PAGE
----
New Frontiers in Stigmatizing Others


Walking down the street the other day, Keith Humphreys ran into two people who were carrying on animated conversations about societal ills to no one in particular:

One works as a cashier at the pharmacy I use and the other is a long-term psychiatric patient with schizophrenia. One had on a barely visible Bluetooth, the other has been engaged in discussions with imagined others long before the technology was invented.

But without my prior contacts with these two people, I would never have known that one of them had a serious mental illness. These fortuitous encounters make me wonder if these new technologies have an unintended but welcome destigmatizing function. Where before people might have shunned a mentally ill person who seemed to be talking to himself, today they usually assume that he’s just chatting on a BlueTooth or similar device.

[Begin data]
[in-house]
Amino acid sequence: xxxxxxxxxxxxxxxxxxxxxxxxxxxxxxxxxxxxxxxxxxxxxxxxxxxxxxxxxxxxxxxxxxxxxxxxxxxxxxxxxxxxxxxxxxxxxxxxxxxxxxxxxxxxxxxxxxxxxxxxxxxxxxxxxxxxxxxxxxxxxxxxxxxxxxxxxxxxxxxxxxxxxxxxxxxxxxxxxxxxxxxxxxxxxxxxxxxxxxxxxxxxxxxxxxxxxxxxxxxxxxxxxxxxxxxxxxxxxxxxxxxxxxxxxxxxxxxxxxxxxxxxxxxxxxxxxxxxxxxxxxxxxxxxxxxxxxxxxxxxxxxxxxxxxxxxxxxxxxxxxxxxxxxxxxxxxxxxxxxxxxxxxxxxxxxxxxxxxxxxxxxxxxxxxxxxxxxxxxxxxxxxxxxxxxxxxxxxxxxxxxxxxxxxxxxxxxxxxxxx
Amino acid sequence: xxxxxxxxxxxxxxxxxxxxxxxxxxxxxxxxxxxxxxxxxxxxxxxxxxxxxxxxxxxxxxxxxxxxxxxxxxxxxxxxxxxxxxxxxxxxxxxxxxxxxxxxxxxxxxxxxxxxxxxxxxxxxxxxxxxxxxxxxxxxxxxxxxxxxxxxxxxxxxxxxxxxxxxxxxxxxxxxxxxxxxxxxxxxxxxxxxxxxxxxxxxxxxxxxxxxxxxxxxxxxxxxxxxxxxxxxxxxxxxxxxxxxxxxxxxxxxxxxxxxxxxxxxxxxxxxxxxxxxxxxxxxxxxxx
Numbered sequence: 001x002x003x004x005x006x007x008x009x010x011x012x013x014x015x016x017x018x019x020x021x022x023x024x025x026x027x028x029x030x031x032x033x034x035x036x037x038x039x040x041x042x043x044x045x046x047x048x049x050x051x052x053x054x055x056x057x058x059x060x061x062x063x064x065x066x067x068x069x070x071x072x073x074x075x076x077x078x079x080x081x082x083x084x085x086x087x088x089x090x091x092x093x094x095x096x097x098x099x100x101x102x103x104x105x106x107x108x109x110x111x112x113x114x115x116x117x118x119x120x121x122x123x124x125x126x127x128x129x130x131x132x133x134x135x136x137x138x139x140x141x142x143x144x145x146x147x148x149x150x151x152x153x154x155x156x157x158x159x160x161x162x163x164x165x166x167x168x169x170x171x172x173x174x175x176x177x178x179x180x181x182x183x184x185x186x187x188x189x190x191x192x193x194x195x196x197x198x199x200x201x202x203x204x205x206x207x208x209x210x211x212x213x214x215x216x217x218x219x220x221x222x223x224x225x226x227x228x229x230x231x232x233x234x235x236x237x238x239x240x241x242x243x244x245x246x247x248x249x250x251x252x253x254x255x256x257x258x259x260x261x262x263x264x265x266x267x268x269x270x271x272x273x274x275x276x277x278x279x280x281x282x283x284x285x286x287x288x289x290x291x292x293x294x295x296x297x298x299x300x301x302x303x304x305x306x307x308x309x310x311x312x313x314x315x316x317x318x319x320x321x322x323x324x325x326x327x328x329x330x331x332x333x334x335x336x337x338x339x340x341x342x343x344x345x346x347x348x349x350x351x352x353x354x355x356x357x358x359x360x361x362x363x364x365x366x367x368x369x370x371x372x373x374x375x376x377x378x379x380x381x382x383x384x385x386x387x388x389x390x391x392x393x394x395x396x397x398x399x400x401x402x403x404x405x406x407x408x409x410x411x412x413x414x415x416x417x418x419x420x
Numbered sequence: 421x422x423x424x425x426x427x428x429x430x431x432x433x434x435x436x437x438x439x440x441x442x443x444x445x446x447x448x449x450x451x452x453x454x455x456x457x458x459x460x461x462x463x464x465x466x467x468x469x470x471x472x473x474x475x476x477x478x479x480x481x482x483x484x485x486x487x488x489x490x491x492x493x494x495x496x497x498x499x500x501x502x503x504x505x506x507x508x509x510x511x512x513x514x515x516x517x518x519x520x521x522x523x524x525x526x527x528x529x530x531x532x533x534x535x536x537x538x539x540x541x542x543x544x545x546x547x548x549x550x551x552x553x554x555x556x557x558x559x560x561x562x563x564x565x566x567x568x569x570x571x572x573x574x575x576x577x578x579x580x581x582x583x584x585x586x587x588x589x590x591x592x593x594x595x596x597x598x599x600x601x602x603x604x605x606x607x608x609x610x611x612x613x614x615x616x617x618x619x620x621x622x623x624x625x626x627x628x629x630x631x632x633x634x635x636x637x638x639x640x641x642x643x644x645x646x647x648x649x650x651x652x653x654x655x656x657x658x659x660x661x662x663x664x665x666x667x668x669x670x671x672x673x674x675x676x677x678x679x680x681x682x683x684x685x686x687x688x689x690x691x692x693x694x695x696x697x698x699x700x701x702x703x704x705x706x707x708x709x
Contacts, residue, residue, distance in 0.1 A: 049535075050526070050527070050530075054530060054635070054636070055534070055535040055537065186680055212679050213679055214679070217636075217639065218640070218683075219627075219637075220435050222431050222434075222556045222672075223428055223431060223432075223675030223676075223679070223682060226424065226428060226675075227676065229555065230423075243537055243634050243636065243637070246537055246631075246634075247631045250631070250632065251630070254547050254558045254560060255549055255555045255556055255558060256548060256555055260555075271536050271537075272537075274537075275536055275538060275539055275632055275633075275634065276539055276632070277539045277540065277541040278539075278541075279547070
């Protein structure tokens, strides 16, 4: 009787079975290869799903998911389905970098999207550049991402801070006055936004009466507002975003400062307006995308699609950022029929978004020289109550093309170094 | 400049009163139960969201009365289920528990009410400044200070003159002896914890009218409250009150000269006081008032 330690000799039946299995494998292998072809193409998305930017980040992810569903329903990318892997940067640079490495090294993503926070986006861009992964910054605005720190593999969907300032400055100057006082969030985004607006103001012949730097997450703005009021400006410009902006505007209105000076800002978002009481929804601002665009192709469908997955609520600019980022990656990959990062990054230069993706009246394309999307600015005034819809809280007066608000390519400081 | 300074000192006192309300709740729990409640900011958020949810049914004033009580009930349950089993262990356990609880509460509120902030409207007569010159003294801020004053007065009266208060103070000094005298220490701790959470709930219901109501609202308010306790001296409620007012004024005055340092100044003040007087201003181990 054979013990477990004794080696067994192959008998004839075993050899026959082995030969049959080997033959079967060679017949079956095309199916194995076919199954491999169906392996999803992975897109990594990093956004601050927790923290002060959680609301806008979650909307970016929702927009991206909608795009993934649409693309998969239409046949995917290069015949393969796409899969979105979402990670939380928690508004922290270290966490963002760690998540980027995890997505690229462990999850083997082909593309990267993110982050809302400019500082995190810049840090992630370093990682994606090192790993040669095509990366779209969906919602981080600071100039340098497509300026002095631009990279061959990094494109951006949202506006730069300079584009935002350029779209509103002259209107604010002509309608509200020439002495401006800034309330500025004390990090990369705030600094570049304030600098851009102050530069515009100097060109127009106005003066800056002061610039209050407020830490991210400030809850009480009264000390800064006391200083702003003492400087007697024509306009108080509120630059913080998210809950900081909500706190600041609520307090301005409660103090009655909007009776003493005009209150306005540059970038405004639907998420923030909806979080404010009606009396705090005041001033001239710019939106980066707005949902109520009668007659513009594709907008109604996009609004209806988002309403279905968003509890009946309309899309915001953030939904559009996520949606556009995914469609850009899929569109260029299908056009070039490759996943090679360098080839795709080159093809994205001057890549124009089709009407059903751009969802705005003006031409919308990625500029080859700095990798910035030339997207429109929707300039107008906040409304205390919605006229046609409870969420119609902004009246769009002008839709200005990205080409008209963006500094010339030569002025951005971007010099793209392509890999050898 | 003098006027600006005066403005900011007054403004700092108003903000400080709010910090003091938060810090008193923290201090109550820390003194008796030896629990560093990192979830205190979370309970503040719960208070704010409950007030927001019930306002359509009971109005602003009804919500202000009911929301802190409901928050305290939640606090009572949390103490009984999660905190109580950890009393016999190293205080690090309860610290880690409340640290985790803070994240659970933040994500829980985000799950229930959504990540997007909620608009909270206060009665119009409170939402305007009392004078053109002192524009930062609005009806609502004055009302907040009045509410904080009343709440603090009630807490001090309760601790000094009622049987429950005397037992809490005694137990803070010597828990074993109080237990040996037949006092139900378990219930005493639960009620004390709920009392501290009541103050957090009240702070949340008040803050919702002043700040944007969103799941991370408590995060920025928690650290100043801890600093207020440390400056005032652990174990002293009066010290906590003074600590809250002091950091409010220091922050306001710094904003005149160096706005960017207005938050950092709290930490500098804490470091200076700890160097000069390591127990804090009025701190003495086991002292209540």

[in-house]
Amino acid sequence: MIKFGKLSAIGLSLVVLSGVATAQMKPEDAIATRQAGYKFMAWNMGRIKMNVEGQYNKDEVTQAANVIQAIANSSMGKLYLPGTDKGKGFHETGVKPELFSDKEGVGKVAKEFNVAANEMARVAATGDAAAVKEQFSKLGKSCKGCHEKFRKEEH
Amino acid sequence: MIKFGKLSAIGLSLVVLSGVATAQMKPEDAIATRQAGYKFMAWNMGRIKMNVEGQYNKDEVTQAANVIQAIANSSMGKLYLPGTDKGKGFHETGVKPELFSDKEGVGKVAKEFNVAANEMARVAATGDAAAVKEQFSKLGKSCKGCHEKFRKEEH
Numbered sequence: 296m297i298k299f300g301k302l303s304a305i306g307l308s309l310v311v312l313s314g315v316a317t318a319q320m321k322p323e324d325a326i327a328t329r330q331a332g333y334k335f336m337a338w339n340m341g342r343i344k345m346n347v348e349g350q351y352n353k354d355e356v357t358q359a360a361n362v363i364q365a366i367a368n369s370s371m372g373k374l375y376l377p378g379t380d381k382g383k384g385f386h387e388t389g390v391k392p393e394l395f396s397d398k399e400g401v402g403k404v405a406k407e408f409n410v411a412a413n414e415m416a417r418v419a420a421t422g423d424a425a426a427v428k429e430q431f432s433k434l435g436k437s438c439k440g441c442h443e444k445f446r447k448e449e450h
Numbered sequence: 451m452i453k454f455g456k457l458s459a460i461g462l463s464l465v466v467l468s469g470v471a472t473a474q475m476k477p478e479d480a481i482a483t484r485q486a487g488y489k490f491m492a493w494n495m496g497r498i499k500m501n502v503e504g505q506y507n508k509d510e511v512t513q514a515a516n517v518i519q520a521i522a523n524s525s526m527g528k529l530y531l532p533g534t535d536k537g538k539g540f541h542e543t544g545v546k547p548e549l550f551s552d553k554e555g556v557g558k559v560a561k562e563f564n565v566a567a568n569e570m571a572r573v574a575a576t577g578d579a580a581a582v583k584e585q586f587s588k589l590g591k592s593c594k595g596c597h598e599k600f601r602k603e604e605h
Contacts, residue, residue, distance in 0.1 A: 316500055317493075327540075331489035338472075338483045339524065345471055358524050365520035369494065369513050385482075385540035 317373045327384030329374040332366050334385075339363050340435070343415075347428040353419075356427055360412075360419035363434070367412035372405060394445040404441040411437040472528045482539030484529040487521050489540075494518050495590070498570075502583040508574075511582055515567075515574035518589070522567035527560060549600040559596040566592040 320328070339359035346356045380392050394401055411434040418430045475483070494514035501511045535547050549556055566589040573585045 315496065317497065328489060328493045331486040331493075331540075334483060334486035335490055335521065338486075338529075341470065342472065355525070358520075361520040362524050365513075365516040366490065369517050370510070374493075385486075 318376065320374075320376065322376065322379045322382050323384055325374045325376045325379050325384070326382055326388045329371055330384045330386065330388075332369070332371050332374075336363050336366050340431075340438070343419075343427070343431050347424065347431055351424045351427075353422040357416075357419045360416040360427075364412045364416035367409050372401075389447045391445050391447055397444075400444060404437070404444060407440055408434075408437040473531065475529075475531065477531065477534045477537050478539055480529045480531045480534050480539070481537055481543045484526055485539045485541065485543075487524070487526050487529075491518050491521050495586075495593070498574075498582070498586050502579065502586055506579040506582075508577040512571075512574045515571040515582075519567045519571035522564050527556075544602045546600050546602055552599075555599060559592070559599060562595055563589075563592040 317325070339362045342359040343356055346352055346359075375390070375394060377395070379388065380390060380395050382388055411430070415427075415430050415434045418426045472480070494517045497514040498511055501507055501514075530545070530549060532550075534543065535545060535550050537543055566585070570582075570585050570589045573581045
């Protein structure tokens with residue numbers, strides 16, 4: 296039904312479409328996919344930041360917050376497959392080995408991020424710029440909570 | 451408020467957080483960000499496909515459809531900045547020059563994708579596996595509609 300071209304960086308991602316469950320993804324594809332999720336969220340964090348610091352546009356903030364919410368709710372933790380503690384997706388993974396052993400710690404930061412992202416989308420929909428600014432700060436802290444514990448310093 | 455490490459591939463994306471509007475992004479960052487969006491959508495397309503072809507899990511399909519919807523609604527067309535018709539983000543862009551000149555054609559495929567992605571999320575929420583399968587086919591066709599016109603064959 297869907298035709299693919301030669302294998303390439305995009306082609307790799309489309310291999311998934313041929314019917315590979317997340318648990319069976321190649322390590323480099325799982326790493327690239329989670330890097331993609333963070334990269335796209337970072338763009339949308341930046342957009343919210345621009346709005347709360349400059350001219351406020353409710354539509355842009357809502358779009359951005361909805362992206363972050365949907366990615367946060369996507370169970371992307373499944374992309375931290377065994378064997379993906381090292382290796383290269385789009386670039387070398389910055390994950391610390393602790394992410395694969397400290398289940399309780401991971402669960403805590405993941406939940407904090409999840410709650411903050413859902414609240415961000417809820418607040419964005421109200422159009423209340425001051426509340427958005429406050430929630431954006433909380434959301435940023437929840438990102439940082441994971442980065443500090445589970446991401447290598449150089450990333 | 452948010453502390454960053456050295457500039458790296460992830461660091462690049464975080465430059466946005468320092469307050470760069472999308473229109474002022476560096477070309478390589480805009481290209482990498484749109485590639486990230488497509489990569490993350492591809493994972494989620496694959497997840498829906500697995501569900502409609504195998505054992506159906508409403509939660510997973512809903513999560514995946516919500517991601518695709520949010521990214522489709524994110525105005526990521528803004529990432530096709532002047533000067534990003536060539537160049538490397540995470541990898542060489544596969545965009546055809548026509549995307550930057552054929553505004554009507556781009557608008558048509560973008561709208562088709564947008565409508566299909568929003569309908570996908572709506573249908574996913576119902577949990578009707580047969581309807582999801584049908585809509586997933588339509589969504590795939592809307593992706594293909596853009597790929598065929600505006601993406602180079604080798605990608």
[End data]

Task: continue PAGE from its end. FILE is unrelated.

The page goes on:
Unintended consequences! But I’ve had the same thought myself, though I confess sometimes in the opposite direction. Perhaps the mentally ill are now being unfairly stigmatized as political obsessives who watch too much cable TV?

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